I was anxious to add value to the discussion and started looking for some resource material. I came across an executive handbook on WORLD CLASS QUALITY by Mr. Suresh Lulla, MD of Qimpro Consultants ( Reference: Lulla, S. (2003). An Executive Handbook WORLD CLASS QUALITY. Tata-McGraw-Hill Publishing Company Limited: New Delhi, India.). I glanced through the content and was delighted to find a chapter on Higher Education that was envisioned in 2003 by Mr. Lulla and other authors/ contributors, and was still very relevant. I am quoting some of the excerpts here as I think they would be pertinent to this discussion. Before we talk about design improvement, let’s understand the term, meaning and importance of ‘Quality.’

“Quality is an idea which changes with time. It is a perception, a moving target. In the twenty-first century, quality has assumed a more substantial global meaning. It is no longer restricted in its interpretation to a structured methodology for improvement and cost reduction (primarily of industrial products and business services). We can now apply quality to improve entire systems: organisations, educational and healthcare systems, the environment, governments, and national cultures.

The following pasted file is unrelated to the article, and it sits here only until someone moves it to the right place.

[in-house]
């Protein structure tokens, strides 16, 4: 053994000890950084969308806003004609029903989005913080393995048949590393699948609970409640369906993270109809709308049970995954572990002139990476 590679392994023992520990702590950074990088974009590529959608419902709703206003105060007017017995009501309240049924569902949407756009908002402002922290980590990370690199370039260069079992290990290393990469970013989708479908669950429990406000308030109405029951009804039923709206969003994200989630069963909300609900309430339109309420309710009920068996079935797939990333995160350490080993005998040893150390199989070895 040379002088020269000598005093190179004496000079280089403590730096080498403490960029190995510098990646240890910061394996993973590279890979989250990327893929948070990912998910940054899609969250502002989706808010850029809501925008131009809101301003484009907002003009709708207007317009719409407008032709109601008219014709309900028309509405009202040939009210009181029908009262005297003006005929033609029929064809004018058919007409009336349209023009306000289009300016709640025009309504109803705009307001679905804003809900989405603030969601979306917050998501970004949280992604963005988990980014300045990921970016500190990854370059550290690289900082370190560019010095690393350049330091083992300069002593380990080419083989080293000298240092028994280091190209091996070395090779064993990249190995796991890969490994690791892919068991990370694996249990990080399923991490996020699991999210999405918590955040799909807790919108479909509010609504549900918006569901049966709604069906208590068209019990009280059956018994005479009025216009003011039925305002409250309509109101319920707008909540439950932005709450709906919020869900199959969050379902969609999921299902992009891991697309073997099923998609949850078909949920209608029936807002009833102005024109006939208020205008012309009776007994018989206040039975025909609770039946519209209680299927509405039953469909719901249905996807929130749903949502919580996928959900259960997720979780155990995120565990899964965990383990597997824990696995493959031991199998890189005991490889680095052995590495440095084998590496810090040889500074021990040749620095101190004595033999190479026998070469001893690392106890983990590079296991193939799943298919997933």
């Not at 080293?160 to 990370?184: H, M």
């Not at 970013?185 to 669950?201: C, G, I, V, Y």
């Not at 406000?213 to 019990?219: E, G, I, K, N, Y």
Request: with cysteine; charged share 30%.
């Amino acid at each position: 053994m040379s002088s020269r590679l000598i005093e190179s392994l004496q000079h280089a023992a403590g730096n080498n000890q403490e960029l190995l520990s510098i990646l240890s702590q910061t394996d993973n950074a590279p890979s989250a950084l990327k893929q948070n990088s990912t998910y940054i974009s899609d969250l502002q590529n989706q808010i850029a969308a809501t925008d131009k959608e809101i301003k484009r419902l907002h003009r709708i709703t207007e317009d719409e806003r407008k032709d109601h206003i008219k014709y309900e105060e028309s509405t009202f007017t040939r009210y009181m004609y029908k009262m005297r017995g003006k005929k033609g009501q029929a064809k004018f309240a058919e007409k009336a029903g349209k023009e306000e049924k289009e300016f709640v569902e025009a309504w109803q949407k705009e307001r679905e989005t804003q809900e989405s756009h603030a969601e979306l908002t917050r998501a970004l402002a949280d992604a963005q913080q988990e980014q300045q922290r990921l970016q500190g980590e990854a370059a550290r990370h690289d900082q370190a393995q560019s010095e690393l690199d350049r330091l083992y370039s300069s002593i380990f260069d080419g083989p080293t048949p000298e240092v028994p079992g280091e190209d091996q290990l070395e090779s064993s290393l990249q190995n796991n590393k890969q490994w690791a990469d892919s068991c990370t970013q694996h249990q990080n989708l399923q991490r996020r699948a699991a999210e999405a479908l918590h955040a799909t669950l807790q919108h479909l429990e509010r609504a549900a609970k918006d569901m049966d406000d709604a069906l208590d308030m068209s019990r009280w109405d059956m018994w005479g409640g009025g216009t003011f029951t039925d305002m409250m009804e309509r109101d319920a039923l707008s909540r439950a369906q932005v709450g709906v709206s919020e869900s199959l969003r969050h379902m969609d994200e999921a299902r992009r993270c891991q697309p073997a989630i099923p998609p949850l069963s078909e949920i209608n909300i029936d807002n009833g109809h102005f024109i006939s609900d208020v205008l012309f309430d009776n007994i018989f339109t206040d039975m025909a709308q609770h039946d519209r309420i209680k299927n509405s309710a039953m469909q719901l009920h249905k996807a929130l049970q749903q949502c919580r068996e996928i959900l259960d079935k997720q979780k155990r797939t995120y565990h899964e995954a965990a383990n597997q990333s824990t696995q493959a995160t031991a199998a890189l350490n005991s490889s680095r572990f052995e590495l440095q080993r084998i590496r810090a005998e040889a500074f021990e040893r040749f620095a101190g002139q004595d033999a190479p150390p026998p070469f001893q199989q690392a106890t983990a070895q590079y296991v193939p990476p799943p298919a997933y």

Dr. J. M. Juran, Global Quality Guru and Founder of Juran Institute, USA, believes that all the chronic problems we face today – from environmental pollution, to governmental waste and inefficiency, to declining standards of education and healthcare – can be solved through quality management. We can gain control over processes, provoke breakthroughs, and organize for continuous improvement.

‘World-Class’ implies zenith of quality, performance and achievement. In recent years this term has been employed rather perfunctorily to describe virtually every thing – right from personalities to proceedings, events to enterprises and cloths to cars. The true meaning of these two words needs to be explored more seriously.